Stanford University Making Slow Progress in Closing the Faculty Gender Gap

cook2Karen Cook, the Ray Lyman Wilbur Professor of Sociology and vice provost for faculty diversity and development at Stanford University, recently issued a report on efforts to hire more women and underrepresented minorities to the university’s faculty. Dr. Cook admitted that progress in this area “has been slow and somewhat uneven.”

The data shows that in 2004 there were 408 women on the Stanford faculty. By 2014, there were 545 women on the university’s faculty, an increase of more than one third. But during the period, the overall size of the Stanford faculty grew by nearly 20 percent. So the closing of the gender gap in faculty appointments has not progressed to a major degree. In 2004, women were 22.9 percent of the total faculty. A decade later, women made up 27.2 percent of the Stanford faculty.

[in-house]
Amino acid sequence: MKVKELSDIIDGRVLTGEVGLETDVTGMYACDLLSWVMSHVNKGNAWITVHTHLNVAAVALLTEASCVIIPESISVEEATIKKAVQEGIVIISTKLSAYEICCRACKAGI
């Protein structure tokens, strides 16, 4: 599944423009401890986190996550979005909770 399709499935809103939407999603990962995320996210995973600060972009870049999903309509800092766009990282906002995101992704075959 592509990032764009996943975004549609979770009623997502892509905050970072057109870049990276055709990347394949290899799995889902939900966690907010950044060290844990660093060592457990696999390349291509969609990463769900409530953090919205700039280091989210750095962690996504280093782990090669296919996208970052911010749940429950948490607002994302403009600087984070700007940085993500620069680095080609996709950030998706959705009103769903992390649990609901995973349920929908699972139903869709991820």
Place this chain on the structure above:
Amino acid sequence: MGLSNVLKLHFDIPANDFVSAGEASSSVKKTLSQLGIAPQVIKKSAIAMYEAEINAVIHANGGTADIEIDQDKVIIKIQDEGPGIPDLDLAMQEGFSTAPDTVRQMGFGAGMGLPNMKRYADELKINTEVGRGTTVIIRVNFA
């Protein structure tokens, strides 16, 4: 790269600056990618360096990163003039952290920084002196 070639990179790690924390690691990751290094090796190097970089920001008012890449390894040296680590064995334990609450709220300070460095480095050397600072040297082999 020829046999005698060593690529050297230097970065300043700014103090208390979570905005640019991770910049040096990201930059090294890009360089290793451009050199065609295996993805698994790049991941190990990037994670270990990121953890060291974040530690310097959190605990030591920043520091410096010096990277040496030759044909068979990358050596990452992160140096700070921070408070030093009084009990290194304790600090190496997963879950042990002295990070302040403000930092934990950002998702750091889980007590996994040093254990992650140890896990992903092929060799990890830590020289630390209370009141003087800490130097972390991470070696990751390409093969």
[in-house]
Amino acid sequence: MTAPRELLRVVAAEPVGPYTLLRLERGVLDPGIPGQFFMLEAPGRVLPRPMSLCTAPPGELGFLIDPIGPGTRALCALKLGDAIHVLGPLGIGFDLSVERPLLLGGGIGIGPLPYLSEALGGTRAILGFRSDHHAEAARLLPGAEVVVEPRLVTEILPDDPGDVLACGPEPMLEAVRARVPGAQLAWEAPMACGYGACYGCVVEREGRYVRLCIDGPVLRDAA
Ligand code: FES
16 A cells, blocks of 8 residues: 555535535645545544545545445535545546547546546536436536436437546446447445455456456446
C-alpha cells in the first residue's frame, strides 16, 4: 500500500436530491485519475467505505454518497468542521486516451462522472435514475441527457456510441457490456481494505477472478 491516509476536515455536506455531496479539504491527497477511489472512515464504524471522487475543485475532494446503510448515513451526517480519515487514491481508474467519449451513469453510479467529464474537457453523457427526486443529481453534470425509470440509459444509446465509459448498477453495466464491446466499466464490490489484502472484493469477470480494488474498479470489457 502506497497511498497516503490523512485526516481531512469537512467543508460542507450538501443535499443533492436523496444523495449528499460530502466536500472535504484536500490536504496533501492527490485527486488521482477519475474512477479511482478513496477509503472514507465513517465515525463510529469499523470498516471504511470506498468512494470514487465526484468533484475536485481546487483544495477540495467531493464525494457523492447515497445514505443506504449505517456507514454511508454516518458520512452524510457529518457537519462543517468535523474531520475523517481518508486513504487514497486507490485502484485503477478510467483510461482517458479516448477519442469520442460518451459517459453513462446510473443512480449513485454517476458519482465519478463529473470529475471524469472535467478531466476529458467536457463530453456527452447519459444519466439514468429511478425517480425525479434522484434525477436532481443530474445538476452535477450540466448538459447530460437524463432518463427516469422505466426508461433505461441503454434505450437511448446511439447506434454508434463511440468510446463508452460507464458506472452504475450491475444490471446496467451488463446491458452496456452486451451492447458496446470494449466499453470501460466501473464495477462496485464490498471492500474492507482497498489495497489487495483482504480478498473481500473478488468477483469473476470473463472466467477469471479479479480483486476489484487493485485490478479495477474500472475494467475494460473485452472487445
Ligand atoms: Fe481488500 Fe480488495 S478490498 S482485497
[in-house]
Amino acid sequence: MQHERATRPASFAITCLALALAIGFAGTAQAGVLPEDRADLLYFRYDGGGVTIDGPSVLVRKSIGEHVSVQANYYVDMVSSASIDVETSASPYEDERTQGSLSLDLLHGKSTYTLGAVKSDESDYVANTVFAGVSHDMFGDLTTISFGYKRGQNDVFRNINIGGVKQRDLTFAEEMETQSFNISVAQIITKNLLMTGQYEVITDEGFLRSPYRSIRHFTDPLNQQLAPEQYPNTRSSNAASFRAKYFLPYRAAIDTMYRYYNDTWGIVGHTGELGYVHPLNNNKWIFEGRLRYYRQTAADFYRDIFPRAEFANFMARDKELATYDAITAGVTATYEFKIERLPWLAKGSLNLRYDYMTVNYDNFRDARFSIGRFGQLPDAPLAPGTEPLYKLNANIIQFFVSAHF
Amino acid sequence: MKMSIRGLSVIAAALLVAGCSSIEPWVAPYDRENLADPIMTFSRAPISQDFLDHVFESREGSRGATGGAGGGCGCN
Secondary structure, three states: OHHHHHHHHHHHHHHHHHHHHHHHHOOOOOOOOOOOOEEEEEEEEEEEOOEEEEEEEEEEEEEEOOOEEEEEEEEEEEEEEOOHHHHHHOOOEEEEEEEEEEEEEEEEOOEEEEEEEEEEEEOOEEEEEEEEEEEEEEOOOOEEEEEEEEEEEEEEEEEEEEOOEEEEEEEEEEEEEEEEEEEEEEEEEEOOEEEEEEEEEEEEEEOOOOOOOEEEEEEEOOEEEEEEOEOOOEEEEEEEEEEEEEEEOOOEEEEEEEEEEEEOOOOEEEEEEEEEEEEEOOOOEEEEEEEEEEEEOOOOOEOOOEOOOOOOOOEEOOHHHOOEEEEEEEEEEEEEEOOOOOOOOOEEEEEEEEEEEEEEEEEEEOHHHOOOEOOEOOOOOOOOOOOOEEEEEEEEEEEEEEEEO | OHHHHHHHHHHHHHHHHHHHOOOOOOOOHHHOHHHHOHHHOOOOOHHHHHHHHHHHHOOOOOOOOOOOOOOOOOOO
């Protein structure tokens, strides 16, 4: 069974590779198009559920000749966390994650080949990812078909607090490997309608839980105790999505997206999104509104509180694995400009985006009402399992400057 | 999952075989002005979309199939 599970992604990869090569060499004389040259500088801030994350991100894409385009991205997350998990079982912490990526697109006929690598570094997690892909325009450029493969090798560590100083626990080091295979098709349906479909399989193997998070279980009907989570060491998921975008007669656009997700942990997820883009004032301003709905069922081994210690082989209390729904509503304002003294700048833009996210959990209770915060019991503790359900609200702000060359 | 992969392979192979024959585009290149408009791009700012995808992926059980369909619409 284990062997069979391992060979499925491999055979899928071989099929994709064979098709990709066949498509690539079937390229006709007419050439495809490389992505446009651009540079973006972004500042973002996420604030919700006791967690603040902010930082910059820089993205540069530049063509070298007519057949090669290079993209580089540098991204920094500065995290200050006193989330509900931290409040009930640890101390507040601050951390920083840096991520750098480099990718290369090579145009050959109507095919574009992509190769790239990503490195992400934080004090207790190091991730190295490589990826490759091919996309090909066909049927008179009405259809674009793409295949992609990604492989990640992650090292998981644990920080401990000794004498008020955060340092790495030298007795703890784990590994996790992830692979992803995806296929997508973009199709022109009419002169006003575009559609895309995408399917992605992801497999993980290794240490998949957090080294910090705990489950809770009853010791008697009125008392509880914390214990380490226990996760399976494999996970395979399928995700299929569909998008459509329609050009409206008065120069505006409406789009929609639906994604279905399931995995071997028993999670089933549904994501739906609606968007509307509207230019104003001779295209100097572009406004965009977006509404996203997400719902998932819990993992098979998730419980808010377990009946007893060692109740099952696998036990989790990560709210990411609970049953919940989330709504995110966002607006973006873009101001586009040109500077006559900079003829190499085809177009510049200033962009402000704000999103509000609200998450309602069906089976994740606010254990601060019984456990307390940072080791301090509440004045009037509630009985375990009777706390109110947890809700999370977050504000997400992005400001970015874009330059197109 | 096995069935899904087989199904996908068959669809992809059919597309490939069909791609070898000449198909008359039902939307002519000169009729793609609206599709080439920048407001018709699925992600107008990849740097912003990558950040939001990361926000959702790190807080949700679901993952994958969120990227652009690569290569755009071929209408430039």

If we project on a straight-line basis the progress achieved in closing the gender gap over the past 10 years (4.3 percentage points), it would take more than a half century for women to make up half of the Stanford faculty.

Filed Under: FacultyGender Gap


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